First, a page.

The counter question is if the government did not have concrete evidence to confirm their death, what evidence they possessed to assure the families that they were alive. The government first said that 39 Indians were sheltering in a church in Mosul, then it said they were put in a jail in Bundus desert until it was found that the same jail was flattened to ground by the insurgents.
Without doubt, the MEA and the government of India misled the country on the death of the workers! As is rightly demanded, the MEA owes at least an apology to the grieving families. The families who met Swaraj 11 to 12 times were assured that the workers were alive. She could have simply said, we do not have concrete evidence either way. Let us hope for the best.
But as a Minister of her experience and status when she said to these hapless family members, they really believed that they were alive. What a shock they were given after four years of assurance that their relatives were alive. One family member echoed such a simple procedure, “if your (government) sources were not sure, they should not have been saying they were alive. Look what has happened to us now. The government should have told us they have no authentic information about missing Indians rather than making false statements.”
The family members and many observers feel ‘it is the biggest failure by the government’. When the government could save the nurses from Kerala, why it completely failed in saving the other Indians? It was anger seething out of years of being kept in the dark.
What are the lessons from this pathetic episode? How not to repeat the mistakes we made in Mosul and save us such painful experience in the future. Recall, Prime Minister Modi said, “no stone was unturned” in trying to trace and bring back the kidnapped Indians. He also added that the government remains fully committed towards the safety of Indians living abroad. These now sound like tall talks, the style associated with this government.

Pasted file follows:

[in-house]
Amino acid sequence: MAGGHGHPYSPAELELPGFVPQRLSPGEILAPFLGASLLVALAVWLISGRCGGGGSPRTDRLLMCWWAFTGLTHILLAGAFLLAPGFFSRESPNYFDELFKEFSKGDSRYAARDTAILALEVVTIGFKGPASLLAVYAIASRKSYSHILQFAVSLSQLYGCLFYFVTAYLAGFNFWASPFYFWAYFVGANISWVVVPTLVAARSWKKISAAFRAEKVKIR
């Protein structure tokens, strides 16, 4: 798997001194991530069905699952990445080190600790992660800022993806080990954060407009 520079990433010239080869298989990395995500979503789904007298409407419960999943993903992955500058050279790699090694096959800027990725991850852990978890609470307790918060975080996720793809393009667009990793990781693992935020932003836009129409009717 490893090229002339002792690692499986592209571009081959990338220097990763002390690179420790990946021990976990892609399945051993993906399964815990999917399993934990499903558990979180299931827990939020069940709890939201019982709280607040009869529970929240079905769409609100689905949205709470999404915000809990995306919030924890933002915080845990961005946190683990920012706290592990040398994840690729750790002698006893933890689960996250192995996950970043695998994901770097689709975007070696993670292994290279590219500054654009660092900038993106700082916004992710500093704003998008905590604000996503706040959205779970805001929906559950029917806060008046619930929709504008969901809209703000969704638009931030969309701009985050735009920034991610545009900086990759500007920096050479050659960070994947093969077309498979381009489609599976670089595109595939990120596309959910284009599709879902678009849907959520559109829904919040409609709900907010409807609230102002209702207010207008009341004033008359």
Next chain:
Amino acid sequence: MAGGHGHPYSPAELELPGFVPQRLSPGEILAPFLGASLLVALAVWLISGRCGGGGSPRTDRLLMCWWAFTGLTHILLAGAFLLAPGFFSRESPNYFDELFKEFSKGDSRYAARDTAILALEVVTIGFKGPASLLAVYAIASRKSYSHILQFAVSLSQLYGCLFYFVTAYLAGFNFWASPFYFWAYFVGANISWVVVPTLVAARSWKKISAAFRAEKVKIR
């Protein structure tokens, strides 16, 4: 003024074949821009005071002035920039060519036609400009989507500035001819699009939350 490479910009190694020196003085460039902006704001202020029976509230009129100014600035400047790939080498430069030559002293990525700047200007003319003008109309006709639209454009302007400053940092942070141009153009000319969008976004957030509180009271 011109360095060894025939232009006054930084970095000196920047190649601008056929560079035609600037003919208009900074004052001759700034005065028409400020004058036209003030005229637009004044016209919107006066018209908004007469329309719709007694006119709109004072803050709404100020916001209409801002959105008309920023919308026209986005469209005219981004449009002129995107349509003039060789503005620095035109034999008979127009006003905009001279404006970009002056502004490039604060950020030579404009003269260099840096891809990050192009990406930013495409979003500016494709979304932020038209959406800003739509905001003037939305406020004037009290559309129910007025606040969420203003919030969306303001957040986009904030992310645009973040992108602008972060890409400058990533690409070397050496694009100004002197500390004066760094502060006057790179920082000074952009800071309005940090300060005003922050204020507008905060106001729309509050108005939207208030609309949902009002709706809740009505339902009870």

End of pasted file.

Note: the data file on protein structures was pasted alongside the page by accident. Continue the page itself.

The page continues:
Admittedly, the Indians who went for jobs or higher wages, as many Indians do, were caught in heavy cross-fire between the Iraqi army and the Islamic State. The government could not do much about it. The risk was known. But, what the government could have certainly managed better was that accurate and authentic information about the workers could be secured and shared with the country. The MEA was simply speculating. With all its machinery, and NaMo’s high-energy diplomacy, this was not too much to expect. All the three ministers in MEA make a “formidable” team. So, the failure is inexplicable.
The other side of our democracy, the other player is the Opposition. Sadly, they too have failed in holding the government to account. In fact, the role of Opposition in our country, whether led by Congress now or BJP earlier, is to disrupt, stall, and paralyse the functioning of Parliament. At best a nuisance value, not effectively making the government accountable, by quality, informed debates, discussions and engagement.
I have long held that the efficacy of foreign policy is a function of a healthy democracy, robust economy and an informed and vigilant citizenry, backed by a vibrant media. The Mosul mess well testifies this dictum of our foreign policy and exposes the gaps. —INFA